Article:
By Montana Grant

Posted: August 15, 2021


Now is the time to PULL the trigger! If you are an upland bird hunter, or hunt waterfowl, shooting birds on the wing is a perishable skill. Practice is important to be able to hit the fast-moving targets.

We have all hunted with the guy that never misses a clay target at the skeet or trap range. When they go to a Sporting Clays field, no target gets away. It is easier to hit a target when you call for it by saying “PULL!” There is no surprise in that. The targets are always the same size, speed, and on your command.

This same Sure Shot often sings a different song when hunting wild birds afield. When these shooters step on a big Cockbird, grouse, or a covey of huns, suddenly. they can’t hit the side of a barn. The excitement of rising birds is unsurpassed and thrilling. You need to learn how to stay calm and focus when shooting afield. You also need to deal with the excitement safely. Know where the dogs and other hunters are before you pull the trigger.

Here are some tips on how to improve your shotgun skills.

Practice Trap, Skeet, Sporting Clays, and hand thrown targets. Each sport has a different challenge and requires a different skill.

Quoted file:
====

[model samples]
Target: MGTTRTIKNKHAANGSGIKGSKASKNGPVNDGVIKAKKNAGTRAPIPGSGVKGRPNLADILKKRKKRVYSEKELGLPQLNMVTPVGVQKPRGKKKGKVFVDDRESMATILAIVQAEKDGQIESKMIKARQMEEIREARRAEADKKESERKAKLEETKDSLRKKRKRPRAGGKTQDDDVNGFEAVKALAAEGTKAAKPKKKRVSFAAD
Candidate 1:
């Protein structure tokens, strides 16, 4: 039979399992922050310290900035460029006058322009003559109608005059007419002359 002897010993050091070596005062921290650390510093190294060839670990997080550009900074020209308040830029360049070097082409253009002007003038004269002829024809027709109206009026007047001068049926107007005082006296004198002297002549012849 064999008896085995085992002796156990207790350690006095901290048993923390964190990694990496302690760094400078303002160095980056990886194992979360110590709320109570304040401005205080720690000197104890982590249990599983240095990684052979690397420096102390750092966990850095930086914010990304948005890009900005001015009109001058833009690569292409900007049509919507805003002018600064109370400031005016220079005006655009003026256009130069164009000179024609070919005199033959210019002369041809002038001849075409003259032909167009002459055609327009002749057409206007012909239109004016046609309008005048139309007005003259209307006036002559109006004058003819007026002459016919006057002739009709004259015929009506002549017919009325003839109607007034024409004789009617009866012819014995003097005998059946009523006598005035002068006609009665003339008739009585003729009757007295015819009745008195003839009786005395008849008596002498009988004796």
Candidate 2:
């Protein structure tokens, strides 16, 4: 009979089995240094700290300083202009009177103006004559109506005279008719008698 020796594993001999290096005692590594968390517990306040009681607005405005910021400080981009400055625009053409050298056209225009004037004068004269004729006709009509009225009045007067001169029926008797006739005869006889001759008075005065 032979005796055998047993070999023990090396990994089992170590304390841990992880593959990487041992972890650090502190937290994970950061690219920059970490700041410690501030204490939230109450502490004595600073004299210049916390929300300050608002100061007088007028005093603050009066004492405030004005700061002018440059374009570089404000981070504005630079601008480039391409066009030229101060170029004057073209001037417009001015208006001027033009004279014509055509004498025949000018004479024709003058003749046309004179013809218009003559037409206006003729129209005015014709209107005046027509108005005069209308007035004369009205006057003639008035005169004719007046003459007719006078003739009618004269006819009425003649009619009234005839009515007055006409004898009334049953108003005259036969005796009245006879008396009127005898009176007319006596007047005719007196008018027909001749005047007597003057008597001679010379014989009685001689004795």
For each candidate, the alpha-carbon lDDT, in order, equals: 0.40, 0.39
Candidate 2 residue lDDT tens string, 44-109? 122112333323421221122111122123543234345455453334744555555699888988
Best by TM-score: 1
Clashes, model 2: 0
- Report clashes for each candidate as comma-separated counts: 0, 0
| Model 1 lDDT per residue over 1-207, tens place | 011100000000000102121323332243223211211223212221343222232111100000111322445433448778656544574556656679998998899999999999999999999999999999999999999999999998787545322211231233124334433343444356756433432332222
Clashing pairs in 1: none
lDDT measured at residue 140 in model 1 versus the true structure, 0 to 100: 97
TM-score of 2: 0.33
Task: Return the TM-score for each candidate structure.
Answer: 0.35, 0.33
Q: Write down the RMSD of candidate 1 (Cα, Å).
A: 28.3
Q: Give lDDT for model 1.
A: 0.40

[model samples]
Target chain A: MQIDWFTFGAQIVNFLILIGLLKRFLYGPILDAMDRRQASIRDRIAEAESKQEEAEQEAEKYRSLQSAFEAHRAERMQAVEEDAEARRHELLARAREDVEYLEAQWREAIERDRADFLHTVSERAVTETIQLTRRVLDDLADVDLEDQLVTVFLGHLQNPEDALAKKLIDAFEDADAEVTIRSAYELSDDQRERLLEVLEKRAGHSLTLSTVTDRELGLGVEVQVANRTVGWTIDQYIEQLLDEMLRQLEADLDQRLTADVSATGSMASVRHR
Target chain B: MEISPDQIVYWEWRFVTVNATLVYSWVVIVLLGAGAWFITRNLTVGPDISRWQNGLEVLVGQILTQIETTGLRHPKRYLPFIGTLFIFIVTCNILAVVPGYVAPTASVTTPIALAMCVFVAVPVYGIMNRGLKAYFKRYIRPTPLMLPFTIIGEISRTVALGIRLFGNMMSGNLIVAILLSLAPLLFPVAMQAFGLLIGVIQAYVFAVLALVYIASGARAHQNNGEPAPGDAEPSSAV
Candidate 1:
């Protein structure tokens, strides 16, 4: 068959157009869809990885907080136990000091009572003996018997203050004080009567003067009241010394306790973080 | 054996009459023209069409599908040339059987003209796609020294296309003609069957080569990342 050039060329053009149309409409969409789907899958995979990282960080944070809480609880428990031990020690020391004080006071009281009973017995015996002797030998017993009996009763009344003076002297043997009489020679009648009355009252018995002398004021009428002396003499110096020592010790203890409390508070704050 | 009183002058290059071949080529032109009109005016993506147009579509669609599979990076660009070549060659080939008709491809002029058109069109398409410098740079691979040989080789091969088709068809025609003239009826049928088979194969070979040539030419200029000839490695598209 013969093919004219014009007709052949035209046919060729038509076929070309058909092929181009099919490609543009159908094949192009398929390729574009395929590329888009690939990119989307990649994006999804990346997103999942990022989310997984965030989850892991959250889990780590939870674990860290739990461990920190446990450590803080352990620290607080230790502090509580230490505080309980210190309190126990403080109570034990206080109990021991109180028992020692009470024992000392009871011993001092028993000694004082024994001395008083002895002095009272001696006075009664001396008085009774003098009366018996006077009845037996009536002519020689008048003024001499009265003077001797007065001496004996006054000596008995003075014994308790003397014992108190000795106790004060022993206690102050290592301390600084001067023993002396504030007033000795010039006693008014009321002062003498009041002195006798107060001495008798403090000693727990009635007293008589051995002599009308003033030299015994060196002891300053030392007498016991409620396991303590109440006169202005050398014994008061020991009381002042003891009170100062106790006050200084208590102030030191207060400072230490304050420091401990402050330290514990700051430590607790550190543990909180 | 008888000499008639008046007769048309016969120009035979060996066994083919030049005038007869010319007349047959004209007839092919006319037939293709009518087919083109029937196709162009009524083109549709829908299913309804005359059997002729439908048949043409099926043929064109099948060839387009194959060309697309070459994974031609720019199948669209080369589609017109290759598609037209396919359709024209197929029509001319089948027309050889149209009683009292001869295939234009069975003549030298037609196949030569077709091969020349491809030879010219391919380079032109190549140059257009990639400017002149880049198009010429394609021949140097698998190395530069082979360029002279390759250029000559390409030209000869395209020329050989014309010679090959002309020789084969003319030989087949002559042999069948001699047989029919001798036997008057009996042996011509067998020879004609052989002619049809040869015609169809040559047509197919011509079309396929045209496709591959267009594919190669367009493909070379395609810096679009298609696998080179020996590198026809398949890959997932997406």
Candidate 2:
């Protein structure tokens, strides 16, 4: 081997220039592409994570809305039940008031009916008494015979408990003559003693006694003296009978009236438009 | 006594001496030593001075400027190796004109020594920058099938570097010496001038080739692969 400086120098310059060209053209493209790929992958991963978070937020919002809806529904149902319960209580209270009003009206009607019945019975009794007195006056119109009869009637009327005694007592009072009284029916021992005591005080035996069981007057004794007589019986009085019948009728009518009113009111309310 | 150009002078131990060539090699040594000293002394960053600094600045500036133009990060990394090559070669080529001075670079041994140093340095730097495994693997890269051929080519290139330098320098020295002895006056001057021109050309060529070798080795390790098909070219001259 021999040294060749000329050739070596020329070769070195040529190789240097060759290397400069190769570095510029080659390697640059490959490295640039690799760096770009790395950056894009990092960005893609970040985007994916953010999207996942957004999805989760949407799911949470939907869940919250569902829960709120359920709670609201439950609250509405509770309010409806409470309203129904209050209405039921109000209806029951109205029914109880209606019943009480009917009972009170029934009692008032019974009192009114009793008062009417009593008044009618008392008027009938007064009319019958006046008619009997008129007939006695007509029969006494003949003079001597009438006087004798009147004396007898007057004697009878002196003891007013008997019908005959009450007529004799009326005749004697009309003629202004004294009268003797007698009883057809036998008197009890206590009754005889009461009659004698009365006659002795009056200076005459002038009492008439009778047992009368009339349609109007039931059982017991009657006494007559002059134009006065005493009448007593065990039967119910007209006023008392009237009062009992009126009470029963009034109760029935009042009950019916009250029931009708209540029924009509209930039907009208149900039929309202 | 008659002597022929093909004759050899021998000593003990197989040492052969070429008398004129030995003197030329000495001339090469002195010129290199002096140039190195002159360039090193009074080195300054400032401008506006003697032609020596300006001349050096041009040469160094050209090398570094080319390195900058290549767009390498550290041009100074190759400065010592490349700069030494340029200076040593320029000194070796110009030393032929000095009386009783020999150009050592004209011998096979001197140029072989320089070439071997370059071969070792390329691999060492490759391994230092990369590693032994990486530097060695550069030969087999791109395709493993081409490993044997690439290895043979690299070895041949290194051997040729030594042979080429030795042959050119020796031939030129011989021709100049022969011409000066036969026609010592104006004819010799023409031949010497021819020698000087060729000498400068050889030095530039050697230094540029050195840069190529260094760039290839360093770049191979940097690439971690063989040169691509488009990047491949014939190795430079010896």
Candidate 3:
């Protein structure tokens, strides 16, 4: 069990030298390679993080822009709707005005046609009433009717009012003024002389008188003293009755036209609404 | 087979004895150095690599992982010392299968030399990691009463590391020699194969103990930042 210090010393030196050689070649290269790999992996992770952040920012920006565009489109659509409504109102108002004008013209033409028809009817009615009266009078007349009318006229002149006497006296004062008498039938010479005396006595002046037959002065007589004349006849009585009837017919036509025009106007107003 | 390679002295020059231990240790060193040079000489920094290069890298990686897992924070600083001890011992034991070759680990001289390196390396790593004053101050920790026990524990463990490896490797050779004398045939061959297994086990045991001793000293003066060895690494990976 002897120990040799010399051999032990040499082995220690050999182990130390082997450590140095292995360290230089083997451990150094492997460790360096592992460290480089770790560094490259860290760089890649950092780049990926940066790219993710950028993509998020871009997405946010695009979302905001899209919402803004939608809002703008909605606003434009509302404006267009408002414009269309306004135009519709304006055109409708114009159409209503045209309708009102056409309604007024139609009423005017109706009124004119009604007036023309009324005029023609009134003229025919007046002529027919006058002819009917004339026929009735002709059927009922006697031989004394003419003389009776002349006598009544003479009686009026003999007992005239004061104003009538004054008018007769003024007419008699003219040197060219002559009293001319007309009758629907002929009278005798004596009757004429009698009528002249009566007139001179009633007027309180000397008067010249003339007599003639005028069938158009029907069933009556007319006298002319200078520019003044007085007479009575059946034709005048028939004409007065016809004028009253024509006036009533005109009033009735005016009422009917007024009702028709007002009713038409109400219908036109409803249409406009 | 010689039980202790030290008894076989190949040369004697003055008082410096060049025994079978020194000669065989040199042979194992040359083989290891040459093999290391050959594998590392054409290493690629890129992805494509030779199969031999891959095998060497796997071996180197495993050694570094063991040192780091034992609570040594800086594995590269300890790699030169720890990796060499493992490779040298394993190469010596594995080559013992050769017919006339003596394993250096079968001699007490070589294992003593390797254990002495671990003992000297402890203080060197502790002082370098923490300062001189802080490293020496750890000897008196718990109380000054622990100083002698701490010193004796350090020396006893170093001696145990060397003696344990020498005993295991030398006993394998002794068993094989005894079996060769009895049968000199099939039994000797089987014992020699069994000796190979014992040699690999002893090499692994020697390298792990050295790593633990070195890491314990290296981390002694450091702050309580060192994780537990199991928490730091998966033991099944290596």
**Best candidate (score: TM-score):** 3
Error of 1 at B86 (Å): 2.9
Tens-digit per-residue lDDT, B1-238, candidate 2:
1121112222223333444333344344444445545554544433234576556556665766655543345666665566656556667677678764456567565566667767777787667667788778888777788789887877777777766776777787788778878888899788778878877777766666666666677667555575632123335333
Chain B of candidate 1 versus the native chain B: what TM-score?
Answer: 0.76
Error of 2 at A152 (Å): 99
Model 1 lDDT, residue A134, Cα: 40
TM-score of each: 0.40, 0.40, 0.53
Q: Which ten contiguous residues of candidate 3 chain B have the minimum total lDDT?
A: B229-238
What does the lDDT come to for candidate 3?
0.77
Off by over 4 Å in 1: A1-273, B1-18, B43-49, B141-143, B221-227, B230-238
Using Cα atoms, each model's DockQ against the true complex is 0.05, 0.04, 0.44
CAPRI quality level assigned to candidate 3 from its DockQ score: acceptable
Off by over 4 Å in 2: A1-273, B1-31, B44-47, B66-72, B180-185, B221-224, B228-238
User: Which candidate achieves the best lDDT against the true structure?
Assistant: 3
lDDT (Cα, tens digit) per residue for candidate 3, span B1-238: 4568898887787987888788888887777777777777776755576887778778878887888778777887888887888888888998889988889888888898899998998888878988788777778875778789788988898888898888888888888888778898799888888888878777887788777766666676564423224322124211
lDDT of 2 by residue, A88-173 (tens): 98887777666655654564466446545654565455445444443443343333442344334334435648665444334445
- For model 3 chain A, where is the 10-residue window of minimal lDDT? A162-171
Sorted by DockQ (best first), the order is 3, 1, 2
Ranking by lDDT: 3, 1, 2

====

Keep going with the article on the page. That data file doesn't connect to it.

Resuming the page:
Use the same gun to practice with that you plan to hunt with

Shoot Low Gun. This is called International Style. Hold the gun, safety on, as if you were walking. Mount the gun when the target appears. Not before.

Don’t call for the target. Let the puller surprise you.

Never stop swinging the gun. Swing through the target.

Mount the gun the same way and into the same spot every time. Make sure that you gun fits you properly. If you are not sure, find a Mentor to help. You need to be looking down the barrel, not through it. The stock height, length, and material can impact where the gun fits.

Use your dominant eye to know which shoulder to shoot from. If the right eye is dominant, shoot right-handed. If this is opposite of what you prefer, get shooting glasses or a prescription, that blurs the lens on the eye that is taking over. This is especially an issue for aging shooters. You should always wear shooting glasses anyway.

Shotguns are appointed, not aimed. Its all about hand eye coordination. If you point your forearm finger at the target, on your front stock, your eyes will follow. Shotguns can be equipped with a scope, for big game hunting, but that is a different application.

Keep your face/cheek on the stock through the shot. Don’t lift it to see if you hit the target. Stay on the target and watch it fall. Mark the spot.

Practice, Practice, Practice. That one great shot is the result of hundreds of practice shots. The only way to become a better shooter is to shoot!

Shoot more, Shoot often!

Montana Grant

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